Christian Man Arrested for 'Blasphemy' in Pakistan After Muslim Business Rival Lodges Complaint

Pakistani Christians
Members of the Pakistani Christian community attend a protest rally to condemn Sunday's suicide attack in Peshawar on a church, in Islamabad, September 23, 2013. A pair of suicide bombers blew themselves up outside the 130-year-old Anglican church in Pakistan after Sunday mass, killing at least 78 people in the deadliest attack on Christians in the predominantly Muslim country. |

A Christian man has been arrested on charges of "blasphemy" after his business rival, a Muslim, claimed in a police complaint that he defiled the name of the Muslim prophet Muhammad. The complaint was lodged after the Christian man got a contract for building material that complainant had also applied for.

Police arrested the Christian man, Pervaiz Masih, from his home in Punjab province's District Kasur this week, acting on a complain filed by a Muslim businessman, Haji Jamshed, according to a report by a local group, The Voice Society.

Masih's family wasn't informed initially where he was being taken by police.

The accused is a father of four children, including a 7-month-old boy.

The police complaint was filed under Pakistan's notorious anti-blasphemy law after Masih and his brother-in-law got a contract for providing sand for a construction project, for which the complainant, Jamshed, and his partner, Haji Bashir, had also applied, the report says.

Christians in the Khudian village, where Masih lives with his family, fear attacks by local Muslim extremists, the report says. Police reportedly raided several Christian houses in the village and beat men and women as they sought information about Masih.

Police claimed that Masih has confessed to his "crime."

Some members of The Voice Society, who visited the area to prepare the investigative report, were also arrested, and later released.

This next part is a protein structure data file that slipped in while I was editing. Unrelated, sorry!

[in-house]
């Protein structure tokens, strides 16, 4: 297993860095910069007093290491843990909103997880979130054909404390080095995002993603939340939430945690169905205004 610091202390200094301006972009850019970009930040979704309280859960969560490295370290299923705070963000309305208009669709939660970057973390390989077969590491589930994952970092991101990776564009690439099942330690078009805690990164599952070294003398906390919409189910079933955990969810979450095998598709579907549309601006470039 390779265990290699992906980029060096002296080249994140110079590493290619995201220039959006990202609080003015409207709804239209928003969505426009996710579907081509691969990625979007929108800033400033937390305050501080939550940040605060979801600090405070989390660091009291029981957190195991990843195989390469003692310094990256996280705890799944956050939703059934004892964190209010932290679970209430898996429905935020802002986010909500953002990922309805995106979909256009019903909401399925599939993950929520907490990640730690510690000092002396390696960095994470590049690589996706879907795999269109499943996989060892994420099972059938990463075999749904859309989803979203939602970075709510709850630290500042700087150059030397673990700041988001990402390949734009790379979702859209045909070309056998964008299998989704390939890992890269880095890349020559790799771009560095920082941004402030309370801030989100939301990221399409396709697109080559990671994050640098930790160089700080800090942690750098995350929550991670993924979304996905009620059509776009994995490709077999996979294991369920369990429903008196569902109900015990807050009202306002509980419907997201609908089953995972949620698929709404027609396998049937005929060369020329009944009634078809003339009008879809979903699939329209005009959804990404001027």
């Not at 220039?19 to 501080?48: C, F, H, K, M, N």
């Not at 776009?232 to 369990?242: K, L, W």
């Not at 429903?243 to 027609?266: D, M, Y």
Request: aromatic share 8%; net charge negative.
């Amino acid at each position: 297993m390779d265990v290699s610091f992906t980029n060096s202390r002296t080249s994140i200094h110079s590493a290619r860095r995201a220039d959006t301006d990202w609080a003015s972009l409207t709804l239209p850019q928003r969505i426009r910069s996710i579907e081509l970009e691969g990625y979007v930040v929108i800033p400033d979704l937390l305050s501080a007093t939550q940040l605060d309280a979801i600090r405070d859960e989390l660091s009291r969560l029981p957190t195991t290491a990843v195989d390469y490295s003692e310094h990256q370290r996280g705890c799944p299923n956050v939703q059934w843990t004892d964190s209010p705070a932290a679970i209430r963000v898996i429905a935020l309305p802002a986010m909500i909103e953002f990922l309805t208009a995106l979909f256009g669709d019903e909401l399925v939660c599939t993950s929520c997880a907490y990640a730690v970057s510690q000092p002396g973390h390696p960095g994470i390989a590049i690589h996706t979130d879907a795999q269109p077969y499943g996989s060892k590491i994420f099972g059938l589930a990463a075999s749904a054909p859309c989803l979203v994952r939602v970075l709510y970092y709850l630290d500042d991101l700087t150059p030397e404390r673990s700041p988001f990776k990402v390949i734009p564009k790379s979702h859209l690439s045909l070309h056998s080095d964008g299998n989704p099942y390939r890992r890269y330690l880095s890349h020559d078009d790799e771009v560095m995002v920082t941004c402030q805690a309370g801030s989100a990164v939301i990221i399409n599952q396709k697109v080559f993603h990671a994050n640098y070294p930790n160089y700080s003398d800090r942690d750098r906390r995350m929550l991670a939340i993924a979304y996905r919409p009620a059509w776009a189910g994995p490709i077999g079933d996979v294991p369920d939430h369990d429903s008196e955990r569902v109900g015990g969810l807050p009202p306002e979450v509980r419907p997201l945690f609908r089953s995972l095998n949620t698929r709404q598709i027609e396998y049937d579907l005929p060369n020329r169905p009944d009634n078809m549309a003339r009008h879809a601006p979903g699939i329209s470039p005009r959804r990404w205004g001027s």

Allegations of blasphemy often "stem from the Muslim accuser's desire to take revenge" and to "settle petty, personal disputes," according to the U.K.-based group Pakistan's Centre for Legal Aid, Assistance and Settlement, or CLAAS.

Pakistan's blasphemy laws, which are embedded in Sections 295 and 298 of the Pakistan Penal Code, carry death penalty, and yet there is no provision to punish a false accuser or a false witness of blasphemy.

Katrina Lantos Swett, chairperson of the United States Commission on International Religious Freedom, and her fellow commissioner, Mary Ann Glendon, visited Pakistan earlier this month and came up with a report.

"There is a rising tide of religious persecution by the state and by militants," the report said, adding that the South Asian country's blasphemy law grossly abuses human rights. "The commission is aware of almost 40 people on death row or serving life sentences for blasphemy, a statistic unmatched in the world. The law fosters violence against religious minorities, such as Christians, Hindus and Ahmadis."

Last October, the Lahore High Court upheld the death penalty of Asia Bibi, a Christian mother who was convicted of blasphemy.

She was sentenced in 2010, a year after she was accused. She was harvesting berries with a group of Muslim women, who accused her of drinking from the same water bowl as them. Following an argument, the women told a local cleric that Bibi had blasphemed against Islam.

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